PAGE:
The Value of Acquisition Price Differentiation in Reverse Logistics
25 Pages Posted: 17 Oct 2012
Date Written: October 17, 2012
The quality of returned products may vary greatly, depending on their previous usage. Since the remanufacturing of products in good condition is more economically rewarding for the remanufacturer – and since even for non-remanufacturable products the value that can be extracted from their parts or materials may depend on the products’ quality – it seems logical to acquire used products of different quality levels at different prices.
However, acquisition price differentiation requires the product quality to be revealed, i.e. the products are graded before their actual acquisition. We observe two different approaches in current practice. The first one is a decentralized system with several collection sites to which the customers can bring their used products. After a short grading procedure, they receive a specific acquisition price offer for their products, which they can accept or decline directly. The second setting is a reverse logistics system with a centralized grading facility. The final grading is conducted after shipping the used products to this specific facility.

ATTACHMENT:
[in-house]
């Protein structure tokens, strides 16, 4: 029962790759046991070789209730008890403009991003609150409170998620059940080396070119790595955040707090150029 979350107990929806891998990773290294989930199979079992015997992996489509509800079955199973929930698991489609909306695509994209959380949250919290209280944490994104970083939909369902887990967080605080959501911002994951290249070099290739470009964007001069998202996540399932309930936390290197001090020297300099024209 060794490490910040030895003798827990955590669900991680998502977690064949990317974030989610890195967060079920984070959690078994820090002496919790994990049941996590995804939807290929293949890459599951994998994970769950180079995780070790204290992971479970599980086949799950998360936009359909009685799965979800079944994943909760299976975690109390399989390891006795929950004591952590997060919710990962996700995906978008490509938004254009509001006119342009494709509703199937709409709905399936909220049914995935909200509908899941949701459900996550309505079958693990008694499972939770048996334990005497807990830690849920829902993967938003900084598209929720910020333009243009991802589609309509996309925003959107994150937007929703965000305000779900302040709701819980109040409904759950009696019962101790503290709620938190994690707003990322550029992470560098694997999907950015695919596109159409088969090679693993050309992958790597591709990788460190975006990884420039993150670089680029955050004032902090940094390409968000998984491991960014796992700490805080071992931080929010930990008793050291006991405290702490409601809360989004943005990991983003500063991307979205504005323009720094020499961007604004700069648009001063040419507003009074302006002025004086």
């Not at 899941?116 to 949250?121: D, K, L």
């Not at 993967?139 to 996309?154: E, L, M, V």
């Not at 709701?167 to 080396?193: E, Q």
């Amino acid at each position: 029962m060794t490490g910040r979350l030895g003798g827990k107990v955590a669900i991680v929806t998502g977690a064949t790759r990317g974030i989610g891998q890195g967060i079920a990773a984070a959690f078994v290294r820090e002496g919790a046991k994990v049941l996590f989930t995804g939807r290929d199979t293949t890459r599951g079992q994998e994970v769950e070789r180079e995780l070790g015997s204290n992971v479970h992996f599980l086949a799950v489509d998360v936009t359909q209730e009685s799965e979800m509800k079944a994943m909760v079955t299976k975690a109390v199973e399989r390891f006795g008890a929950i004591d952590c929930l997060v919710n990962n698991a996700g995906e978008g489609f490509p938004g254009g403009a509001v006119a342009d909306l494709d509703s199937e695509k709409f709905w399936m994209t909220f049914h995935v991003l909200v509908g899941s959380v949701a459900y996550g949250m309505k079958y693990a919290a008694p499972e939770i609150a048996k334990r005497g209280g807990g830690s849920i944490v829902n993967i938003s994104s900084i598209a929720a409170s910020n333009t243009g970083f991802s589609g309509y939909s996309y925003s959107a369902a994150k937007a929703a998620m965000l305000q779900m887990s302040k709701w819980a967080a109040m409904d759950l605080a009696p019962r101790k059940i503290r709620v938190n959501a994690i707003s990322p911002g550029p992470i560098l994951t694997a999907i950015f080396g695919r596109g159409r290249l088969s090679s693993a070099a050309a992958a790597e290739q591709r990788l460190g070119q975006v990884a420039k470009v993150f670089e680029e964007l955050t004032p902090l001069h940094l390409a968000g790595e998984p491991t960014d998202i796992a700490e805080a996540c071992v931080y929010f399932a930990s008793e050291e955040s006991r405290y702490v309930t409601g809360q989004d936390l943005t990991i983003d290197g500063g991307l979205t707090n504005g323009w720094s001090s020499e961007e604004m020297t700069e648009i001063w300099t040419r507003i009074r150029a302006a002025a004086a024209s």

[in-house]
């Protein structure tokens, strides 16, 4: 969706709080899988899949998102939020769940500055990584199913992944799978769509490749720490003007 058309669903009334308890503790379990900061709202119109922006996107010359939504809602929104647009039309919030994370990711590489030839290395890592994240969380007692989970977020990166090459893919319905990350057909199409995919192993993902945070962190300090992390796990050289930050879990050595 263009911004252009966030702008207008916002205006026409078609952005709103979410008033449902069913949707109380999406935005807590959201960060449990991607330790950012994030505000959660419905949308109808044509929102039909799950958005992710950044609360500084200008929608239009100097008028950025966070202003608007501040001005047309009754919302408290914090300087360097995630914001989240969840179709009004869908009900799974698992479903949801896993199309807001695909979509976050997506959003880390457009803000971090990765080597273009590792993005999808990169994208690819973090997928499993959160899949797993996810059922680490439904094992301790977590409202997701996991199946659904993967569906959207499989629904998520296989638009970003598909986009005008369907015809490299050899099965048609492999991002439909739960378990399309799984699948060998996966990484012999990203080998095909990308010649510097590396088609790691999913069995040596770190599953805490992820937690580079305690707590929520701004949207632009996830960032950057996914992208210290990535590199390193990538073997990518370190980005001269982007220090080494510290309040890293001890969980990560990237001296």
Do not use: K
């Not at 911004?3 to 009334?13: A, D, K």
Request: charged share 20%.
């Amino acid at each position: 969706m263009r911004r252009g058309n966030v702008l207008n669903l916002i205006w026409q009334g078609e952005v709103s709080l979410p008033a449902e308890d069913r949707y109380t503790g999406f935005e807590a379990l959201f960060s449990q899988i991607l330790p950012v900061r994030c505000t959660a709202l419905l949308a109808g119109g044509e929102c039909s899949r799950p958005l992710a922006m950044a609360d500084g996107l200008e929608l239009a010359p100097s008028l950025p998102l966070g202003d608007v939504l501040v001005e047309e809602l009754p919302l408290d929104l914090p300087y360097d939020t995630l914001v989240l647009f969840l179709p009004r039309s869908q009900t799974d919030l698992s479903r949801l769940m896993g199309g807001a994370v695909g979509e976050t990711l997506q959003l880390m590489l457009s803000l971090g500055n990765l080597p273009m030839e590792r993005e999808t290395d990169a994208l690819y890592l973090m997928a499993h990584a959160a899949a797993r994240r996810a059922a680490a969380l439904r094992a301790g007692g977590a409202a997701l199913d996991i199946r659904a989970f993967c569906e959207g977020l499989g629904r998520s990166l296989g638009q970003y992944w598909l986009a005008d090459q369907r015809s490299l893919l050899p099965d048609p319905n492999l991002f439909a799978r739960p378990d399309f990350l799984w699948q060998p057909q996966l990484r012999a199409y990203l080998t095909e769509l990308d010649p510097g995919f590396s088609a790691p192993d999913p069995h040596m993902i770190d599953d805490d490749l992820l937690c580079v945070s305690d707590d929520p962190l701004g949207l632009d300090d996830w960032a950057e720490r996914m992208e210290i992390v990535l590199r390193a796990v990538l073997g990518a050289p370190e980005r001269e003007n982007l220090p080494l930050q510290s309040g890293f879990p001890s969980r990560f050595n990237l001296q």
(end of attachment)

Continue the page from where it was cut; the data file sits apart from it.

Motivated by these empirical observations, we compare the two strategies with the help of a continuous approximation model. We derive analytical expressions for the optimal pricing and network density decision and show that, in addition to the other factors discussed in the literature, acquisition price differentiation can be a reason for decentralizing the reverse logistics network, if the product quality is uncertain. Furthermore, we illustrate our results with a numerical example.
Keywords: Reverse Logistics, Closed-Loop Supply Chains, Collection Strategies
JEL Classification: C69, M11
Suggested Citation: Suggested Citation